How to Spot a Business Opportunity

How to Spot a Business Opportunity

Everyone can solve problems. And at its core, entrepreneurship is simply problem-solving. Thus, everyone can be an entrepreneur. It’s hard, but nobody is stopping you.

Whether you’re looking to upgrade your career or venture out on your own, identifying problems and coming up with innovative solutions is a crucial addition to your skill set. It starts with priming yourself to see and identify problems, which sounds simple but proves difficult in practice. Start with these steps.

Position yourself to see opportunities.

Opportunity is all around you all the time. But the larger part of the equation is priming yourself to see it and take action. This process looks different for everyone, but it always includes being present wherever you are. If you often work in coworking spaces or coffee shops, take time to observe your environment. Strike up conversations with strangers. Immerse yourself in the details you normally miss. Note your observations. Do this often and you’ll create a habit of noticing the world around you in ways you hadn’t before.

Look for a problem.

Although it sounds simple, what you may think is a problem is really only a symptom of a larger underlying issue. For example, you might notice your local coffee shop is losing customers because there is always a 10-plus person line. You might think the problem is understaffing, but the real problem is a 20-year-old espresso machine that wasn’t built for the volume it sees now. Symptoms are everywhere; problems are harder to identify. Start with your own life and work to dig deeper than the symptoms.

Identify a solution.

This is not the time to reinvent the wheel. You’re going to have a lot of bad ideas, and that’s expected.

Next to your list of problems, throw out ideas for solving them. In the beginning, don’t worry about viability or cost; these are the training wheels for spotting business opportunities. As you prime your brain to observe, identify and solve, alternative ways of thinking will become second nature and slowly improve.

9 Ways to Find a Hole in the Market

1. Upgrade: Take a basic product and add value or status, like artisanal cookies.

2. Downgrade: Take a status product and remove the frills, like Spirit Airlines.

3. Bundle: Combine multiple products, like a camera and a cellphone.

4. Unbundle: Dismantle bundled products and specialize, like a modern typewriter.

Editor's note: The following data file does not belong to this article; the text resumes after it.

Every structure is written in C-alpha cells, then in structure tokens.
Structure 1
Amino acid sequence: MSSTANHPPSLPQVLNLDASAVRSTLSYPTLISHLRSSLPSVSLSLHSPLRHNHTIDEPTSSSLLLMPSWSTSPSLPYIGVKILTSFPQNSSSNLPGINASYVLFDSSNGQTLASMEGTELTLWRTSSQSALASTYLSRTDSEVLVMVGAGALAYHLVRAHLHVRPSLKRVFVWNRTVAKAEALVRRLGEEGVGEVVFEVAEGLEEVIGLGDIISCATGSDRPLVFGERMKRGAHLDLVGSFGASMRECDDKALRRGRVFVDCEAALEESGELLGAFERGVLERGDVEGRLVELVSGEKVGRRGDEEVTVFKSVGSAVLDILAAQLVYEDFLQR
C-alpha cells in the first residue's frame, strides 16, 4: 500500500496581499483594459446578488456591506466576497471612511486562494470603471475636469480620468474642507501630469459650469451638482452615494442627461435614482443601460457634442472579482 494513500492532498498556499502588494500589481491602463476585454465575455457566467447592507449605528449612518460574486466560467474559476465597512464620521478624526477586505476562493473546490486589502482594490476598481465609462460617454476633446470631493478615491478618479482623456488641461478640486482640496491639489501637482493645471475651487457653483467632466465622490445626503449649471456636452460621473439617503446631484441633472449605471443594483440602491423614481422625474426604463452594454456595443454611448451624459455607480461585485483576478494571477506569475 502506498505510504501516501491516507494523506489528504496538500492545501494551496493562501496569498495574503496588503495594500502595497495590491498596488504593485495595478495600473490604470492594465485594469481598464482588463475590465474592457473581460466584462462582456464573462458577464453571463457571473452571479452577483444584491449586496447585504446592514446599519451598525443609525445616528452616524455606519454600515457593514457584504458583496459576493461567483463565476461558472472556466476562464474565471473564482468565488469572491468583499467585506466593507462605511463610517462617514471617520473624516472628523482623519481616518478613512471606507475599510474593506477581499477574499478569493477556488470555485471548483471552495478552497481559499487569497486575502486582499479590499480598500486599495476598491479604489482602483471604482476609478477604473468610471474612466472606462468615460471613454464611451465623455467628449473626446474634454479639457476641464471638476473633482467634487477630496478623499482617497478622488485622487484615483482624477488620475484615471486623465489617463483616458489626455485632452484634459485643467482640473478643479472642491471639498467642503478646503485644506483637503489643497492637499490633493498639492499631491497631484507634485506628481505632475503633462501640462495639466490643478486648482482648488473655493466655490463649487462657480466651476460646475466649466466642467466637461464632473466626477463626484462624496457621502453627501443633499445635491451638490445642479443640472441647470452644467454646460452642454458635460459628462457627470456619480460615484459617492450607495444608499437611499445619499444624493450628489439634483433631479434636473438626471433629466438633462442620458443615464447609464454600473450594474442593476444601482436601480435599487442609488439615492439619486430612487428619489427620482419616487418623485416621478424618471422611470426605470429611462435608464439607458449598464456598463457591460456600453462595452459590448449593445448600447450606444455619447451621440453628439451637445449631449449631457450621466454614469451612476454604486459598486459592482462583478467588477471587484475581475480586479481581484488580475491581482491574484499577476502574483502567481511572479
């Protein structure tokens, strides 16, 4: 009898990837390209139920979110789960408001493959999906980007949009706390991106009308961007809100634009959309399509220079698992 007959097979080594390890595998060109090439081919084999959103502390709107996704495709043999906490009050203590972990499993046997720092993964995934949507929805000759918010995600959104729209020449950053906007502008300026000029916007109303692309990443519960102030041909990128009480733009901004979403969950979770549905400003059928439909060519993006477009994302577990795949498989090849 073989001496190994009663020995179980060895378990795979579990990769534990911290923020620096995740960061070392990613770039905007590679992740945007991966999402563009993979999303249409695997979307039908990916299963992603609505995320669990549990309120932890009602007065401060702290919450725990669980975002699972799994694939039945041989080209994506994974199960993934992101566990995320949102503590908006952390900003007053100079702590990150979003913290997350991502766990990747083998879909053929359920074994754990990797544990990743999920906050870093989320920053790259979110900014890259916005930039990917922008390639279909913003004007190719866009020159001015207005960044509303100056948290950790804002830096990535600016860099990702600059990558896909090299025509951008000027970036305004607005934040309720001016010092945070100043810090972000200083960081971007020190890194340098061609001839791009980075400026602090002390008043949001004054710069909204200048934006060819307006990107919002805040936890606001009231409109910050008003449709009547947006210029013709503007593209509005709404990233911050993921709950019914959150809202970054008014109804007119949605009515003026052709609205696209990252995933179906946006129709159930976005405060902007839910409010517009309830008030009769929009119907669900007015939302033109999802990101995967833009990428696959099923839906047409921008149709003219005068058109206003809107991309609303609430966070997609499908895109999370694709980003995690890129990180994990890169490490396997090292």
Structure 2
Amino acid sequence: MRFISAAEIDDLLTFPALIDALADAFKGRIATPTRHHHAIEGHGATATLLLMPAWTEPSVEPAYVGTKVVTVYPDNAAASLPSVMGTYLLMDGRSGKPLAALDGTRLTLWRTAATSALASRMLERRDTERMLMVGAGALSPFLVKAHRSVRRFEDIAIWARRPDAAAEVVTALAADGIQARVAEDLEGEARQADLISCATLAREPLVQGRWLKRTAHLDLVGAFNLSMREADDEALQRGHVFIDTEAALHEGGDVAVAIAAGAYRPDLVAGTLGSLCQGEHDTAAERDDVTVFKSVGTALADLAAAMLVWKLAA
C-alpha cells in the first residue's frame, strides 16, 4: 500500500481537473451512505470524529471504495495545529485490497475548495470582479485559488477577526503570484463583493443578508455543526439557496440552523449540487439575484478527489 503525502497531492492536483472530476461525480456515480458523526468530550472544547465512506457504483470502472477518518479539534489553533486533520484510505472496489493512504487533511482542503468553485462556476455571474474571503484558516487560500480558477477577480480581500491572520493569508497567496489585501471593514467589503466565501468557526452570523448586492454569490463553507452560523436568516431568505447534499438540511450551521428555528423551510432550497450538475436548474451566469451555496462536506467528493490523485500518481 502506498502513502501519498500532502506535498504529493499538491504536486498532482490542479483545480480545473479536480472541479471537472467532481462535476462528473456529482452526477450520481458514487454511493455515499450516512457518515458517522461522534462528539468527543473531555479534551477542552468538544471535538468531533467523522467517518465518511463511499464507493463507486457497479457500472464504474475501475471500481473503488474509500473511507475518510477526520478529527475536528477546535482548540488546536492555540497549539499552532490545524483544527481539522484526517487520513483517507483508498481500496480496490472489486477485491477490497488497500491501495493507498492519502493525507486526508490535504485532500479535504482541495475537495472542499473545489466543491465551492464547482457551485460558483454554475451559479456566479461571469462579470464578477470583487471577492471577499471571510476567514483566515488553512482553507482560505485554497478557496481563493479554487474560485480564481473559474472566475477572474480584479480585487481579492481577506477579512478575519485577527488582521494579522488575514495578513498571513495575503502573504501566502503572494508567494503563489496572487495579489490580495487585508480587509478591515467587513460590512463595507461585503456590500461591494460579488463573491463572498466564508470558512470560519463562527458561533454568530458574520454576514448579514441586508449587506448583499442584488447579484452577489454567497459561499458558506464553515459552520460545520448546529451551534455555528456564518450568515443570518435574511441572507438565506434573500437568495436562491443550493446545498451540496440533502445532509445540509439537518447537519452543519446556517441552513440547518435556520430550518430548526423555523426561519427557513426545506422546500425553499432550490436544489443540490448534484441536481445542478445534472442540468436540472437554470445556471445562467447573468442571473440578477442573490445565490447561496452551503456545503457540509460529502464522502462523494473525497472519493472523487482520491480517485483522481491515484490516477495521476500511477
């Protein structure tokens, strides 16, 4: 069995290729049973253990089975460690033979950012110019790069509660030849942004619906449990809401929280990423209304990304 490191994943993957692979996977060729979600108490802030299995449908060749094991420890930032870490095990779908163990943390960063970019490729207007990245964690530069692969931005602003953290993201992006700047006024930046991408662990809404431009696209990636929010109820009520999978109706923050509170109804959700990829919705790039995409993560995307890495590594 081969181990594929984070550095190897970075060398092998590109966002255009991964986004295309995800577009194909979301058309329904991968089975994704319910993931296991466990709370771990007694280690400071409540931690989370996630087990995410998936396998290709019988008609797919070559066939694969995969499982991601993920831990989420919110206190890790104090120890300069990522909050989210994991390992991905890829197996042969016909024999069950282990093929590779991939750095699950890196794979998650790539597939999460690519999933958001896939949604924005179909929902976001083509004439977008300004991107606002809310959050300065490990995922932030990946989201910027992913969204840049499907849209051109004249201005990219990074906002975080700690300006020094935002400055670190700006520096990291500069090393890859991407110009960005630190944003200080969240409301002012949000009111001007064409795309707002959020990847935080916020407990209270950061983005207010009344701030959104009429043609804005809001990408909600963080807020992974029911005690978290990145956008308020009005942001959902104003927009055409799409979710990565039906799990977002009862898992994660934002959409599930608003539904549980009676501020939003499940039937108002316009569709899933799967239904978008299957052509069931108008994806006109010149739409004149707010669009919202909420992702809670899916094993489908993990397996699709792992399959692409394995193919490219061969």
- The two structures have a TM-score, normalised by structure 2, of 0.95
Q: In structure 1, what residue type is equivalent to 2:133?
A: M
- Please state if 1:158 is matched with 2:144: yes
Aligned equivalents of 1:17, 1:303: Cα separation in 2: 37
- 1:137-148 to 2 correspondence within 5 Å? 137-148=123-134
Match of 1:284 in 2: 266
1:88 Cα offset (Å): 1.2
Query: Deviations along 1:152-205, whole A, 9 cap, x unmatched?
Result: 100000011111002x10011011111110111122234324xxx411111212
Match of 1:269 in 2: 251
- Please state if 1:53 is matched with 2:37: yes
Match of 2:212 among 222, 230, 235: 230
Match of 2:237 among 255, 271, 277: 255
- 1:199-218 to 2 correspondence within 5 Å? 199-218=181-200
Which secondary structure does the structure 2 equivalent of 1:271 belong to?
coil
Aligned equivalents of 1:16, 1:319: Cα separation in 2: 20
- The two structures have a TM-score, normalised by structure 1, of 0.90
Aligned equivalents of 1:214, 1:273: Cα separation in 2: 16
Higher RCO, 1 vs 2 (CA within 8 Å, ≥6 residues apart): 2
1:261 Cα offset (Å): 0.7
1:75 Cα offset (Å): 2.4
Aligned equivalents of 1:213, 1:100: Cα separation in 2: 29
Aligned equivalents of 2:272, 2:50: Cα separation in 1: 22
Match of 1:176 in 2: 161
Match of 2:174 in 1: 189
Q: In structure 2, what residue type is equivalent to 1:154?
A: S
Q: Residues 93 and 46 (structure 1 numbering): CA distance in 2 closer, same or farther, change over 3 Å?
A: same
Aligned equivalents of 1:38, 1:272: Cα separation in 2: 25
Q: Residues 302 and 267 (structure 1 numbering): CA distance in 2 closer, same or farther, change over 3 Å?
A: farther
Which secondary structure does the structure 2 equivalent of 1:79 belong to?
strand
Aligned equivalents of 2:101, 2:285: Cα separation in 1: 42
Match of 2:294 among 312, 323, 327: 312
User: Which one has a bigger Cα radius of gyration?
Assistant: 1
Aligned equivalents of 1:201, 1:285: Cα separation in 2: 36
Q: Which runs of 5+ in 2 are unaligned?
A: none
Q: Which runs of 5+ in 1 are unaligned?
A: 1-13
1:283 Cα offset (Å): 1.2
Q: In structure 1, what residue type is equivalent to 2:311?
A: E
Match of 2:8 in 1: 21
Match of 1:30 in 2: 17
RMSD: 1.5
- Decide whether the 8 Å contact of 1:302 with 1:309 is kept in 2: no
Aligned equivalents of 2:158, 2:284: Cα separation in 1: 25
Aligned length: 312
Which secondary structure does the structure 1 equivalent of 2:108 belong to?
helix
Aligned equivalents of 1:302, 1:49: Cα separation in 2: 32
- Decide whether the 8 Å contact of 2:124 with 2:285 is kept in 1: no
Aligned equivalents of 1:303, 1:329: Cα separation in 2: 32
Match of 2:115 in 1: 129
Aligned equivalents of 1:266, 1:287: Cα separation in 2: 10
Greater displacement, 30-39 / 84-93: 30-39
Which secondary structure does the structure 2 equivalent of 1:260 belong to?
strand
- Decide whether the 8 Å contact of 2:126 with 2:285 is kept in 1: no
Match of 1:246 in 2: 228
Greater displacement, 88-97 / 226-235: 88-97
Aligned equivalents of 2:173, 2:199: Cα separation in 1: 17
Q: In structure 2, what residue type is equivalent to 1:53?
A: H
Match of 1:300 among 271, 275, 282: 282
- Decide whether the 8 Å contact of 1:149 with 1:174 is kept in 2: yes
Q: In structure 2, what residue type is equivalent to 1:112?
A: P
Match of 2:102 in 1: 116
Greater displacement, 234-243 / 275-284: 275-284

5. Transport: Introduce a successful product into another region.

6. Mass-Market: Scale a product to the national level, like extra-virgin olive oil.

7. Niche Down: Capitalize on an ever-segmented market, like a store that sells only lightbulbs.

8. Get Bigger: A one-stop shop, like Sam’s Club and Amazon.

9. Price: It’s common knowledge that generic brands offer better prices without losing key ingredients.

Humphrey Ho

Humphrey Ho

Managing Director at Hylink Digital
Santa Monica, California

I was destined to go to medical school, to make my parents proud. Instead, I became an entrepreneur. My startups have taken me around the world and in a variety of industries, like automotive and consulting, advertising and now to an integrated marketing company. To me, two key things separate good from great business opportunities:

3 Does it make you want to stay up until 3 a.m. for an endless amount of days?

3 Can you directly drive and see success in the short term—think nine to 12 months?

Passion is the only thing that runs you past 9 p.m. You need to really love it. If you do good work, the money will come.

David Snell

David Snell

Founder of CajunCrawfishCo. com, StarlightFlight.com and DFWCustomWoodFloors.com
Los Angeles

I joke that I’m a legalized drug dealer during crawfish season. What I really am is a problem-solver. All of my businesses addressed problems I saw in my own life or my community. Identifying problems is only half the equation. Your idea must be battle-tested. This is what’s worked for me:

  • Write your idea.
  • Dispel the idea that you need a lot of money.
  • Partner with different people to save on startup costs.
  • Look at the pros and cons
  • Be a cynic—think of every negative that could go wrong. Be prepared
  • Reach out to other business owners. Get their feedback.

This article originally appeared in the September/October 2021 issue of SUCCESS magazine.
Photo @edric/Twenty20

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Cecilia Meis is a full-time writer and editor based in Dallas, Texas. Besides SUCCESS, her work has appeared in Time Out Dallas, Rewire, Healthline and others. Outside of work, she plays beach volleyball, attempts home cooking and is ardently working toward making her cat, Nola, Insta-famous.

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